You are losing this argument around the espresso machine/water cooler. Gone are the days when I would hear the skeptical stock answers about ghosts which our parents taught us. The young people in my office are shockingly credulous on this issue in particular. No they are flat out exuberant over it. That does concern me too.

    Objectivity can be clouded by exuberance and hatred.

    While I have no conclusion on this subject, I do know one thing. While you sit in ivory think tanks and pontificate one line rationalizations as to why you don’t have to look into the subject, you are getting your tail kicked – and by something which is approaching a science practice more and more each day.

    I don’t particularly like this, but you are losing your argument to the general public at large.

  14. Brady says:

    I agree with much that is said here. The problem is that the search for paranormal activity is inherently messy. How would you even begin to organize an experiment based on events that are rare and very fleeting? The main group that is subject of this article is ridiculous and I wish you had focused on more prestigious and credible groups such as TAPS (of Ghost Hunters fame). Not that I think they are perfect but they are clearly more professional about looking for answers than the Warrens. I feel like they are good skeptics but are a bit biased in their desire to find something paranormal (as well as keep the show interesting). The show would be more interesting to me still if someone from your group, or someone equally interested in scientific rigor could examine their processes or even appear on their program to help separate the explainable from the truly unexplainable.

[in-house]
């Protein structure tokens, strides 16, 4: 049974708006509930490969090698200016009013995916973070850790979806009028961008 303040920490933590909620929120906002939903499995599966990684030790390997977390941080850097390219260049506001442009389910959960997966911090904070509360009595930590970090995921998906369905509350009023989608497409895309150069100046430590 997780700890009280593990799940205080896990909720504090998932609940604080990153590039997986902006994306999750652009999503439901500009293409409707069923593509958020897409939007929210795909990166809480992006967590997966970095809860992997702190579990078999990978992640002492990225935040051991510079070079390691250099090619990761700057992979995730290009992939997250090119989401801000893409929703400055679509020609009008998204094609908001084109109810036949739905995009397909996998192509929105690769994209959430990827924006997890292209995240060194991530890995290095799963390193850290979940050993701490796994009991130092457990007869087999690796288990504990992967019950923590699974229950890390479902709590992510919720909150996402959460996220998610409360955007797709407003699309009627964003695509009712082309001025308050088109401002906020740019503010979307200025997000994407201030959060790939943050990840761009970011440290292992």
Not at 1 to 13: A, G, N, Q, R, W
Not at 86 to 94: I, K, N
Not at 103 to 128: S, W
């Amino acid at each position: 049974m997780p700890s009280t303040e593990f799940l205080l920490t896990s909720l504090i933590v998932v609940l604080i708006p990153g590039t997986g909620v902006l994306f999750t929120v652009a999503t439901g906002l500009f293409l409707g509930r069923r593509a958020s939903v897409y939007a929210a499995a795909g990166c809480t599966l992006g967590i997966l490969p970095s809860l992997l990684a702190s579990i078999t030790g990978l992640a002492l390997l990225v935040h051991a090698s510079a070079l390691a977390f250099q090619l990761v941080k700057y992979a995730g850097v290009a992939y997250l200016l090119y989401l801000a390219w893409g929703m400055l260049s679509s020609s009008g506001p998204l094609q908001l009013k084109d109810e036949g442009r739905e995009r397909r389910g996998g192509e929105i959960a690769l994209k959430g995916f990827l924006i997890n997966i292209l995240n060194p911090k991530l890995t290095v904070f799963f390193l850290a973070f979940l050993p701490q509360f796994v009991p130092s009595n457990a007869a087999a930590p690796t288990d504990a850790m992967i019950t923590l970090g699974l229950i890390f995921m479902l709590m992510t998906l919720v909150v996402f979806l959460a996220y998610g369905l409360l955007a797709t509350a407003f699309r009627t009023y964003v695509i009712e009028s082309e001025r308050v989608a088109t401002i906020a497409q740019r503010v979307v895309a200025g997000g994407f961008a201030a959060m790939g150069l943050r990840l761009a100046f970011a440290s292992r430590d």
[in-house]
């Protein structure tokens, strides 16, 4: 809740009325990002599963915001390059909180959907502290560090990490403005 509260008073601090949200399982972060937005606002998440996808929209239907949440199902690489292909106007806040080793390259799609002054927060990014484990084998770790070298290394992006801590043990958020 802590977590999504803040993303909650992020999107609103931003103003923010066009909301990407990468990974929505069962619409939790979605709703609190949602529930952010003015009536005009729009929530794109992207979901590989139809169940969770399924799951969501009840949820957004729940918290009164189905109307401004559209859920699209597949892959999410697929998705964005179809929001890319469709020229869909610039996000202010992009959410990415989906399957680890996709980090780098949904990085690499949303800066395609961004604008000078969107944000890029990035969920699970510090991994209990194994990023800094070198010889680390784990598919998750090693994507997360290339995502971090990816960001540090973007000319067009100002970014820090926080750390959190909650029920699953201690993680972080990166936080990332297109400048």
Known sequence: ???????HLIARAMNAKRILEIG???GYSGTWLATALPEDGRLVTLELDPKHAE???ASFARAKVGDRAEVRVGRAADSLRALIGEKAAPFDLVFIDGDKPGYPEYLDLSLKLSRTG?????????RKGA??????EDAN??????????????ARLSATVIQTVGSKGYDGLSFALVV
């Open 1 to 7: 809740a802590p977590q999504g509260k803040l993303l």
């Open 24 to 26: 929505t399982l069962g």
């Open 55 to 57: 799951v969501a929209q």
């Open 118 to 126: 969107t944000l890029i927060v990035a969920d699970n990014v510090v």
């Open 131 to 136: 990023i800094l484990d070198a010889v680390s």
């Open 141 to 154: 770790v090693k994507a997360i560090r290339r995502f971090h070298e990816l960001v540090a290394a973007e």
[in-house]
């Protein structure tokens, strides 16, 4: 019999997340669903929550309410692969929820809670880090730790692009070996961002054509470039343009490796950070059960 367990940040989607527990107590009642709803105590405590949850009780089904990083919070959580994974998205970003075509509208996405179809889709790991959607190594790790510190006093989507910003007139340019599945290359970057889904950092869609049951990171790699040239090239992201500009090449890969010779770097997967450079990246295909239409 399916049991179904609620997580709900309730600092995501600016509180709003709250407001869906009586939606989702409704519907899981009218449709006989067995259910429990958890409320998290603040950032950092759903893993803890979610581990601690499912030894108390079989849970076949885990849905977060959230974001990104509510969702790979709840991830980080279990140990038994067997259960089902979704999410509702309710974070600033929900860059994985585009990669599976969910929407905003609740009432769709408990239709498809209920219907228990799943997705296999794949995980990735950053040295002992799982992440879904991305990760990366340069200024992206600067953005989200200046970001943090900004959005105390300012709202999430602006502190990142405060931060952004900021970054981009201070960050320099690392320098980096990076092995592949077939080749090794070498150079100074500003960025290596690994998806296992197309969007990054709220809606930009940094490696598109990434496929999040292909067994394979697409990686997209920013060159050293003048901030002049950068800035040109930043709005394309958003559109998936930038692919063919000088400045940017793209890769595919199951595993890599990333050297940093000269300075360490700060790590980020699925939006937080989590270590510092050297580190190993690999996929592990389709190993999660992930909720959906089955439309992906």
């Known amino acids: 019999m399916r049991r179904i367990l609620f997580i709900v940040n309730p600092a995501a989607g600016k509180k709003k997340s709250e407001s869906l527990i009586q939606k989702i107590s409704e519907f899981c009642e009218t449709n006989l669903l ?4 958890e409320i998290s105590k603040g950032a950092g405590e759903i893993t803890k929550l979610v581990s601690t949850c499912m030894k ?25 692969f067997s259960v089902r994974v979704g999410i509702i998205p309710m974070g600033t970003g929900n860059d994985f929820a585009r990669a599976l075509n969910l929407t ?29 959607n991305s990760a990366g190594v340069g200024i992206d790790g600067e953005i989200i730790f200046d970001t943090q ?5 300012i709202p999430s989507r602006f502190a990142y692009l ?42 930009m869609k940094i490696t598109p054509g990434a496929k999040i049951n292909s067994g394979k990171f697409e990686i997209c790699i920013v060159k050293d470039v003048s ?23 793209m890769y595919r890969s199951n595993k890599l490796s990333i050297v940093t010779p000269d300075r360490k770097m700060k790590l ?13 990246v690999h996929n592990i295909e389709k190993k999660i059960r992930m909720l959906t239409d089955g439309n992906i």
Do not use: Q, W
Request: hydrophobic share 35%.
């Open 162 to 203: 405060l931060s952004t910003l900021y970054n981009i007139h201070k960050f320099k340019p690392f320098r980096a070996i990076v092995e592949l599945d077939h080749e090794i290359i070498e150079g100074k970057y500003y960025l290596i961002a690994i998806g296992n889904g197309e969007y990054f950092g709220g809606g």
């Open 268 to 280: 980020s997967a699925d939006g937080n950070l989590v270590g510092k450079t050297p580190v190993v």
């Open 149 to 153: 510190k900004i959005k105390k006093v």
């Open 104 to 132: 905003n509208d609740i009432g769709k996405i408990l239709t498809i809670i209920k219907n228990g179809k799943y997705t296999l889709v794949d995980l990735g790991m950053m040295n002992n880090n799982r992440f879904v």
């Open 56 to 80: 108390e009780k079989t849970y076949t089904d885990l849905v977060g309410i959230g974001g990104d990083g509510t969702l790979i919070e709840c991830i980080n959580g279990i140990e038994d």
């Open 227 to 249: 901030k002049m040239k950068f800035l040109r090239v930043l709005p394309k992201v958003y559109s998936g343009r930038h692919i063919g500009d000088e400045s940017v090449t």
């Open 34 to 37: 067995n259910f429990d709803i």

15. ChazMAz says:

    What gets me are the “ghosts” that wear clothing and walk up steps.
    Why would there be ghost clothing. Does clothing have spirits too?

  16. John Gordon says:

    I have had many supernatural experiences
    I have no doubt that there is another life living among us
    I do believe in God, one of my stories is hearing his audible voice
    loud and clear, after not believing the first time and thinking there was a man in my house I screamed “WHAT” and he spoke again and said the same four words. This was 6:00 Good Friday, still daylight
    He told me what to do and he ended up doing it for me.